3 key tips

1. Is the juice worth the squeeze?

Do you really need a toaster that will send you a text message when your toast in done in your practice? When you look at smart thermostats and other devices, some of these technologies are valuable and helpful. Sometimes these are features that aren't going to make things better. So, if the juice isn't worth the squeeze, don't bother.

2. If it is worth the risk, how do we limit that risk?

You isolate it. Your thermostat, wireless cameras, and any other smart device should be on the guest network, not your main practice network. This portion of the practice network should be fully segmented from your internal wireless. They should never be on the same network as servers or workstations.

A safe rule is that if it doesn't need to be on your internal Wi-Fi, put it on the guest Wi-Fi. Your security cameras, thermostat, Apple TV, and everything else will function exactly the same.

3. Special considerations for the practice

It is important to note that in dental practices we have certain devices that should be and remain on the internal network. Devices such as your imaging devices and intraoral cameras that directly relate to the daily needs of the practice should be protected by the firewall and the technological securities in place. There is a big difference between a smart thermostat or DVR and your intraoral cameras and Cerec.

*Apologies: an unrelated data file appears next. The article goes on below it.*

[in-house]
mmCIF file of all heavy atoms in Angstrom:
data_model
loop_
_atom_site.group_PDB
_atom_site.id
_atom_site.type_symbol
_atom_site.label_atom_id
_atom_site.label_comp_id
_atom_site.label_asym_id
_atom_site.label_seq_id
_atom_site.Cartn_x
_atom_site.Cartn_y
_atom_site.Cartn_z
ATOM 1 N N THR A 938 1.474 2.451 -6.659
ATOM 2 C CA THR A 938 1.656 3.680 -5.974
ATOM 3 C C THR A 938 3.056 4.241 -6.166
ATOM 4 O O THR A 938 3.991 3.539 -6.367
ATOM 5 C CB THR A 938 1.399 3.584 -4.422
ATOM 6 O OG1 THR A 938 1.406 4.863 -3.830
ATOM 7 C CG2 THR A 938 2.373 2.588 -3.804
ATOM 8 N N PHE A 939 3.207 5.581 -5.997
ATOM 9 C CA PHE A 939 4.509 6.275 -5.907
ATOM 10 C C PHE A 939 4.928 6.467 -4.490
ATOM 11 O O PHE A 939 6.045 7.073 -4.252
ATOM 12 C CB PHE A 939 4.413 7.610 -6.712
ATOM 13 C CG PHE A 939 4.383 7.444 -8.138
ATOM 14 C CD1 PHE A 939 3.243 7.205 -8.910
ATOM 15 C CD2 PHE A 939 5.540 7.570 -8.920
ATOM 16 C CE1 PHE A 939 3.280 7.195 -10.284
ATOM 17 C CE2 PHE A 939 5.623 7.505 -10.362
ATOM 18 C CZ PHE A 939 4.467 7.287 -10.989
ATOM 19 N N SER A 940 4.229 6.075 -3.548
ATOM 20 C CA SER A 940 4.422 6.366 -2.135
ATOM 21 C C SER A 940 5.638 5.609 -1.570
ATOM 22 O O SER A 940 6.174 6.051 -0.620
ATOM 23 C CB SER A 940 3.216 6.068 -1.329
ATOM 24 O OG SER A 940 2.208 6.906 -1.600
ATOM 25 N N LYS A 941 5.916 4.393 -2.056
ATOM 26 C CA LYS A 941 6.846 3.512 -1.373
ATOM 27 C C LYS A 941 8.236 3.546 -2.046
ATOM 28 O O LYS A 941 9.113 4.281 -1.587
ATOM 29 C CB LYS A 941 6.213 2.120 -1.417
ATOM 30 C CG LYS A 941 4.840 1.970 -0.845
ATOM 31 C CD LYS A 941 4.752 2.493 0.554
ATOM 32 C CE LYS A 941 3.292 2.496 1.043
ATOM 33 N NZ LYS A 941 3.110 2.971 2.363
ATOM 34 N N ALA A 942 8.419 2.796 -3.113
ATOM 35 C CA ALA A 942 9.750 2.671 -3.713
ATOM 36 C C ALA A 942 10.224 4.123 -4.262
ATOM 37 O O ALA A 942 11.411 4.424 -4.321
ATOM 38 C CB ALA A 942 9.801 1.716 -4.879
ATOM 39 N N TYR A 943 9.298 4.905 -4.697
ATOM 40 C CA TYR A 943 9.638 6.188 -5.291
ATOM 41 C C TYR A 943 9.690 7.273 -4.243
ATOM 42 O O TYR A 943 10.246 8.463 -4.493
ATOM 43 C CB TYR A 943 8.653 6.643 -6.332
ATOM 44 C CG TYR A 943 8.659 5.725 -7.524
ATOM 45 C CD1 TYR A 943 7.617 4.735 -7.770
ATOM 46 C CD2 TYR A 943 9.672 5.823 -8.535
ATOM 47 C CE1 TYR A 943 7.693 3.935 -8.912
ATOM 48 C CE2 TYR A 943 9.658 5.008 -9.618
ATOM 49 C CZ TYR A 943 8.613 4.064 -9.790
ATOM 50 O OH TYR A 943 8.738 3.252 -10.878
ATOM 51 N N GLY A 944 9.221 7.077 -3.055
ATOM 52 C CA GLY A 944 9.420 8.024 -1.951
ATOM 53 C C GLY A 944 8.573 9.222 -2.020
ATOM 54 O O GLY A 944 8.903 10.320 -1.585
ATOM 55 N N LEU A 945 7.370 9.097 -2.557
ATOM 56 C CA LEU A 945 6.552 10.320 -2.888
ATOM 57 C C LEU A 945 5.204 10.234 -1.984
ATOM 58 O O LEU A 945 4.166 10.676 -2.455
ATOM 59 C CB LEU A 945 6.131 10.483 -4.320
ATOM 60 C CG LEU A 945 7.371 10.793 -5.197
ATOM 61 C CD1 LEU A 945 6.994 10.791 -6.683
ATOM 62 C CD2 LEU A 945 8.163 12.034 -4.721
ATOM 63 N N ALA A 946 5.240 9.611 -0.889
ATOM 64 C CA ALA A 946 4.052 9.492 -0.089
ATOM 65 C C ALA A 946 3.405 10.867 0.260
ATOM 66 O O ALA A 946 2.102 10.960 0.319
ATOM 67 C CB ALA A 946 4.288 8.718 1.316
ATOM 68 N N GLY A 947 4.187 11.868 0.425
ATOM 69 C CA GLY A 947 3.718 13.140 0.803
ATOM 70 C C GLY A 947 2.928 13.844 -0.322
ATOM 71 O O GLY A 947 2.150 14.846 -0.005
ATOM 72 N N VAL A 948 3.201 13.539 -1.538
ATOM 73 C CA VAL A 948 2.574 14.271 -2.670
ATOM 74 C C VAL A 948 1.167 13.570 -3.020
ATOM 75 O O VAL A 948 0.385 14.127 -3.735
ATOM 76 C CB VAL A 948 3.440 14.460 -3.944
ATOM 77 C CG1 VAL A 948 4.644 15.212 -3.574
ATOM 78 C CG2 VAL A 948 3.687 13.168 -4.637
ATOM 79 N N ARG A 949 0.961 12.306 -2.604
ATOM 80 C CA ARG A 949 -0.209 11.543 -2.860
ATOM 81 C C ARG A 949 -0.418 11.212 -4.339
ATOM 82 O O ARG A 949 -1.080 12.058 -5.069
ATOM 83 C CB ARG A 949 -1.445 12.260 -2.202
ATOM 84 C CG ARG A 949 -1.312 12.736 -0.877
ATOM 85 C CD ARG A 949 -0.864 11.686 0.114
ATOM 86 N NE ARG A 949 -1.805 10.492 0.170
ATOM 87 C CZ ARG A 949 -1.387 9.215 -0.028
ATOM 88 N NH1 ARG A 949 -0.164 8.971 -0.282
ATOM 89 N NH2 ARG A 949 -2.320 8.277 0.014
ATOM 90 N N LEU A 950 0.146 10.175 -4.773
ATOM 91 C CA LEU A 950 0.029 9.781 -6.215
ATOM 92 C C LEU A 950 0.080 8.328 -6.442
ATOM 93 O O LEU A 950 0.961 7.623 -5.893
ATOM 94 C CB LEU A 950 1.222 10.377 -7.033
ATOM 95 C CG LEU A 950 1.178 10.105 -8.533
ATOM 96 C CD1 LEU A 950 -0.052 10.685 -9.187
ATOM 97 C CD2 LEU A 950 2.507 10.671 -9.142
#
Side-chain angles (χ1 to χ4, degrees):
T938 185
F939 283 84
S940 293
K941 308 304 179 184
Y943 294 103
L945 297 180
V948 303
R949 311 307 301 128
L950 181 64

These are some steps that will go a long way toward making sure we are smart in a world of the Internet of Things. A connected world is wonderful, but it demands that we be smart about it. As in all technology decisions, especially those dealing in security, be sure to consult with your IT management company. It is there to support and be a resource for you. An extra call to the company, as well as the time and money spent on reducing your risk, is much better than a call from the Office for Civil Rights.

Bryan Currier is the president of Advantage Technologies, an IT company and leading source of technology integration solutions for the dental community.

The comments and observations expressed herein do not necessarily reflect the opinions of DrBicuspid.com, nor should they be construed as an endorsement or admonishment of any particular idea, vendor, or organization.